I believe that OWS is taking a page from the Egyptian peaceful protests. Given the fact that harsher weather is soon here, I anticipate that it will naturally evolve into new directions. The wonderful thing about OWS is that the youngsters are reinventing the wheel to a great extent. In my day, we called it participatory democracy. Today they call it the General Assembly. Same difference.

Listening to the youngsters, it's possible to feel as if I'm eavesdropping in on my much younger self. In no way, shape, or form do I want to participate in General Assembly meetings. I had enough of that many years ago. But the strength of OWS is that peace, labor, social justice, religious communities, and any other sympathetic group can continue to express their solidarity with OWS -- as long as they remain non-violent.

The challenge to OWS as I see it right now is to reach out to the disaffected elements of America where they might not ordinarily go. Expand your self-confidence and your comfort zone. Make contact with your local Tea Party members, and start a dialogue to see what you have in common. An idiot can tell you what our differences are with them. But remember, the Tea Party is angry for many of the same reasons that we are. And the OWS people might actually be surprised to find new allies.

I am sure the movement will continue to evolve and mutate. Its free form and non-hierarchical structure will maximize their creativity. In the end, there is a new spirit in the air. My local newspaper had an editorial supporting the OWS crowd. The headline read:

THERE'S SOMETHING HAPPENING HERE, AND YOU DON'T KNOW WHAT IT IS. DO YOU MR. JONES?
Lefty, all the accounts are as you suggest. But I'm just trying to address inevitable realities in time for them to be managed rather than to come crashing down unexpectedly. The last thing this organization needs is to go out with a bang or to be split by unexplained action that no one understands. I do agree there is much positive in the other stuff. But I think it also risks being a big John Stewart nothing event where people get together, think cool thoughts, and then go home and do nothing about them. It needs an agenda. Frankly, if I heard that they were making sure to register every single person present as a voter while they were there, that'd be a good thing. If they were making sure they went home to register 5 others, or something like that, that'd be good. Small goals, but more than I'm hearing they have. I'd be fine about seeing a new party formed with new process. I'd be fine about seeing an existing party try to work with them. But I think doing all of those things will just be an opportunity for the standard politicians to game the system. I could be wrong. But I think considering the concern won't hurt anyone.
Agree with some of this, not with all of it; may return later but I'm at work right now. I just thought I would display this link for browsing:

http://coupmedia.org/occupywallstreet/occupy-wall-street-official-demands-2009

My personal view is that the objectives and motivations should be obvious.
I agree Kent, it does need an agenda and I hope that happens before it loses momentum. Because what you say here is true:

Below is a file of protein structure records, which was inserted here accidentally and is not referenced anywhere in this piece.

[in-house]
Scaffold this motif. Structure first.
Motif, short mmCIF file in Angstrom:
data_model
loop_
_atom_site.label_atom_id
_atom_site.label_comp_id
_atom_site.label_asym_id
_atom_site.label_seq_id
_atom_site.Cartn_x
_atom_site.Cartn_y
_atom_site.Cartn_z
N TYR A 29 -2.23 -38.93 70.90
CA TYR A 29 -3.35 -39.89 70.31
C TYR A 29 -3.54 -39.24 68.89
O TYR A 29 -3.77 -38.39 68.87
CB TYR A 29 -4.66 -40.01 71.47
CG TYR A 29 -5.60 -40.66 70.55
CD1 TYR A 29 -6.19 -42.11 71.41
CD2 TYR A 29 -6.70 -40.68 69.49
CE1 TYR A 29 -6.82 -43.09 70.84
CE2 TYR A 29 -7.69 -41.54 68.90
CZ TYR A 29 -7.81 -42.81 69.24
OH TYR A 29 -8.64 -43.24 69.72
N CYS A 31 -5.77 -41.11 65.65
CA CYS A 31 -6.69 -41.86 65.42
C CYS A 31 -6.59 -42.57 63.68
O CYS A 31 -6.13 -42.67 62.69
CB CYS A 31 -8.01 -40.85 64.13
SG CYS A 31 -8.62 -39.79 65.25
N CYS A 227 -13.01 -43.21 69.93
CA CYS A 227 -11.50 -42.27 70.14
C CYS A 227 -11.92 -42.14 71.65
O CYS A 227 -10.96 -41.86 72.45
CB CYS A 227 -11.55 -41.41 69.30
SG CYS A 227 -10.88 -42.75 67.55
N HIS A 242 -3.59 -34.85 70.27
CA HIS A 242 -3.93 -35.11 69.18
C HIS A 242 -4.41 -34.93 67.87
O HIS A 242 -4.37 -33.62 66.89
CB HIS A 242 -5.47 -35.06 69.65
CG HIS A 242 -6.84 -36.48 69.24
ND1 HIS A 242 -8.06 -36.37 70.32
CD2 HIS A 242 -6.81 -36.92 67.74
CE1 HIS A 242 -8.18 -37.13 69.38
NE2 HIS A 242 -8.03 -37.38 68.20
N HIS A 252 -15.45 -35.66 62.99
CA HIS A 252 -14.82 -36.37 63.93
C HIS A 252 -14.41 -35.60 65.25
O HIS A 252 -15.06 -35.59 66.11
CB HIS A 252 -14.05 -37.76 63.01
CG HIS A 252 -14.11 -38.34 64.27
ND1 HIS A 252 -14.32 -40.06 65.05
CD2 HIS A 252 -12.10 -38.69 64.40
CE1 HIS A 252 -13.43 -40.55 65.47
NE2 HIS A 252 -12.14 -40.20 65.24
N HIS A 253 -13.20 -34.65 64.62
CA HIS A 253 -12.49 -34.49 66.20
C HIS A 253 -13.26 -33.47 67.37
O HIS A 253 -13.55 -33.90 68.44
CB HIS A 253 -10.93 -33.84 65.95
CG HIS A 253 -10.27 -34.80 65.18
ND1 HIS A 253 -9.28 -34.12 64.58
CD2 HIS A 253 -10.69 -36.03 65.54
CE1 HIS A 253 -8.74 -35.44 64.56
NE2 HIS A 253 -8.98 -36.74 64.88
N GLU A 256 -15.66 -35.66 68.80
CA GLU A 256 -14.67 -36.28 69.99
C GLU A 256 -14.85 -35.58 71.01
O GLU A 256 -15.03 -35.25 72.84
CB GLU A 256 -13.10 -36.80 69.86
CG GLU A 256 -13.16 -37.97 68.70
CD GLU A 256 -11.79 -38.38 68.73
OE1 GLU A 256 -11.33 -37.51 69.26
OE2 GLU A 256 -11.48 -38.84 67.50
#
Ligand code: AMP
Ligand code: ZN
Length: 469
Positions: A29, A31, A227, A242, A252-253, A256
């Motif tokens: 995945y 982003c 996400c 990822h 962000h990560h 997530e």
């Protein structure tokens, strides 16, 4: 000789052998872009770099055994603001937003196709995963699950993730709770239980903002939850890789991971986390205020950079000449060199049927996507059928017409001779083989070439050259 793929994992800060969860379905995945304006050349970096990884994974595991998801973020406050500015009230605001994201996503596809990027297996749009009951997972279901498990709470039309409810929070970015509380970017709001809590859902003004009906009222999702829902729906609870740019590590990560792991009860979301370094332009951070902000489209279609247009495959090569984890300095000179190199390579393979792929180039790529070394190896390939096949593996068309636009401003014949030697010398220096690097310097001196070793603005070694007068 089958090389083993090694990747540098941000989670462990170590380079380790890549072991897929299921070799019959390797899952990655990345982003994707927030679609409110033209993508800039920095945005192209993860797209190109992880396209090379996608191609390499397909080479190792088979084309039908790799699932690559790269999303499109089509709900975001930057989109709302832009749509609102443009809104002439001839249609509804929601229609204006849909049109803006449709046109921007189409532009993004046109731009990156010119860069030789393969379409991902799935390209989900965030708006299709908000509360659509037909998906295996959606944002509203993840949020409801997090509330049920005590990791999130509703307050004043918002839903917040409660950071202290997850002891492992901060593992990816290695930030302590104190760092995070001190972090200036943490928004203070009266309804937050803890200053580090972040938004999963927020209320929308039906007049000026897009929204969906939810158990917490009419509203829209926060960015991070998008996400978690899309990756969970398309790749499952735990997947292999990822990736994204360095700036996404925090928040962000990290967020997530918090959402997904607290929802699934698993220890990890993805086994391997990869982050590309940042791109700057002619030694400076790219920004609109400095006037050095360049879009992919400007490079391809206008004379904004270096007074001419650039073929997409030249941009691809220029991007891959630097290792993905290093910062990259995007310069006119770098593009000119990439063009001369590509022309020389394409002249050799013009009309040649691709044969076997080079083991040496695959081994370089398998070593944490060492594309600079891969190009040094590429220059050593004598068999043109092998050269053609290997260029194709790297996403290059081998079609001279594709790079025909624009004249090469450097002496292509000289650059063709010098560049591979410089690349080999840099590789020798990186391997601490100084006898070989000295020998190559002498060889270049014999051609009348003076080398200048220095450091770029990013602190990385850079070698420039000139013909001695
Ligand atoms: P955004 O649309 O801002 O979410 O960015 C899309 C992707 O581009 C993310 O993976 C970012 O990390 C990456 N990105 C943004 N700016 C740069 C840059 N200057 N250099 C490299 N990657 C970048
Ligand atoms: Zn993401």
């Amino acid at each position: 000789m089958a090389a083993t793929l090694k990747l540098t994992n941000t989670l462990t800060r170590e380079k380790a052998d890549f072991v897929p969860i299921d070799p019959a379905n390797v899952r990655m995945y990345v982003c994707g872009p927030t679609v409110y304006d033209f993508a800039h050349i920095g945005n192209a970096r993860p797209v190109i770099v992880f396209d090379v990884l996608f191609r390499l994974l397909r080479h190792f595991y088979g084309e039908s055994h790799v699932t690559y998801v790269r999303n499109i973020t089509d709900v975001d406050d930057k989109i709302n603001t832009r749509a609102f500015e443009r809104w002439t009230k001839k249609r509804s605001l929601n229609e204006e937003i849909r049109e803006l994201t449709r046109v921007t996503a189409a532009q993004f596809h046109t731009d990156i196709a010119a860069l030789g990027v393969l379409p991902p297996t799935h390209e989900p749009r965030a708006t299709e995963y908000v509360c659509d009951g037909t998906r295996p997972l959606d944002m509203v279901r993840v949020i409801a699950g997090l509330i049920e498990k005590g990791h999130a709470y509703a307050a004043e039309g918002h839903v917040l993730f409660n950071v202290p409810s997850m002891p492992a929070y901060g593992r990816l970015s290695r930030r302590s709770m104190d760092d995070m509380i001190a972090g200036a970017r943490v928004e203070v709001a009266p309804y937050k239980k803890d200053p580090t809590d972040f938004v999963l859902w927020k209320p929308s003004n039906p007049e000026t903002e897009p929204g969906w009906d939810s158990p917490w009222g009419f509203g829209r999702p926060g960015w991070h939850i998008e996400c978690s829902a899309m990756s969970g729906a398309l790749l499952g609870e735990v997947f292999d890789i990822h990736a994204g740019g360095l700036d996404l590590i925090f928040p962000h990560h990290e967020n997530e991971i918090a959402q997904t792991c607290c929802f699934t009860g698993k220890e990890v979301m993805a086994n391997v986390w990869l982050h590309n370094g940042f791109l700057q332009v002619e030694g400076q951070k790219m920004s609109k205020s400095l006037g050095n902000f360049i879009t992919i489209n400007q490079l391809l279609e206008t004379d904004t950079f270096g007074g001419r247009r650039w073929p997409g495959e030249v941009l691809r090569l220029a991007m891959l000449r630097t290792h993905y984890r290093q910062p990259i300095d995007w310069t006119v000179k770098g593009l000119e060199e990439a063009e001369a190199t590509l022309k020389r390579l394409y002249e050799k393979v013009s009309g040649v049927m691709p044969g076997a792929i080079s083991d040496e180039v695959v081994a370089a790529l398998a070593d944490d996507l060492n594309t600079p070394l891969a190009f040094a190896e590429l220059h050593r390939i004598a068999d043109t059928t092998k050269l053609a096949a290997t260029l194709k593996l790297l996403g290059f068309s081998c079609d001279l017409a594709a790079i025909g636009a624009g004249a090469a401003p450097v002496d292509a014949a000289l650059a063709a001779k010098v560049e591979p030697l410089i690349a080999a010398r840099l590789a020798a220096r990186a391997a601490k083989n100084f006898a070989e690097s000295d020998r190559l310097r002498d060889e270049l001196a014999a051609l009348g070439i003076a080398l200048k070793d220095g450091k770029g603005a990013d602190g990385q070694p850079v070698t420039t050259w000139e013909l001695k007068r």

There seems to be a hunger for a new kind of politics or even something outside of politics.

Jan says it's motivated by fear and that may be so but I think a lot of people were feeling a sense of unease and discontent before things started to get bad; I know I was. It's hard to quantify what you can't quite put your finger on - it's not like there's a big bad dictator everyone agrees they want to oust. Fear may have precipitated this movement but that's a good thing because it puts a face on it.
Highly rated, Kent. You raise the bar so high every time you pound out a message on the keyboard. I will surely read this a second time as it is so full of valuable information and even more vital wisdom, that I am a little stoned over its effects on my brain. Take that as you will, but it is meant to be a legitimate compliment. Not many things I care to read more than once. This is the best I've read on the subject and I dare not attempt to leave a cohesive POV without sounding naive. I must point out, however, that the phrase you used, "spin machine talking," says to me, all there has ever been inside the political spectrum of both sides. And the spin keeps changing to suit the mind set du jour. The system is so broken, there are no more definitions that stick. It has failed us all. A collective bust.
Blogger John Robb talks about "the crisis of capitalism." Capitalism in its current form takes its direction from a relatively small number of people. Concerning this group and their decisions, Robb notes --

"This small group, combined with adherence to a rigid ideology increasingly divorced from reality, has inevitably made bad decisions, regardless of how much technology and decision support they could afford. . . . Worse, these decisions have been increasingly based on flights of ideological fantasy (rather than adapt the ideology to a changing reality, they turned inward and added wheels within wheels of complexity). Namely, our economic decision making elite built ziggurats of financial complexity and speculation to produce returns not possible in the real world. Speculation so fantastical, that it produced some of the most grotesque misallocations of capital in history. . . . These financial ziggurats are now crumbling to dust and with it our global economy. A long and grinding economic depression and hollow states await below. So, now we now sit on the edge of the abyss, a real crisis of capitalism. An event potentially so momentous (worse than the depression of the 1930's), that it has the potential to collapse the last great ideology. . . . Ideologies live or die based on how they are applied in the real world and not in how they seem to work in theoretical discussions or books. Any ex-communist can attest to that."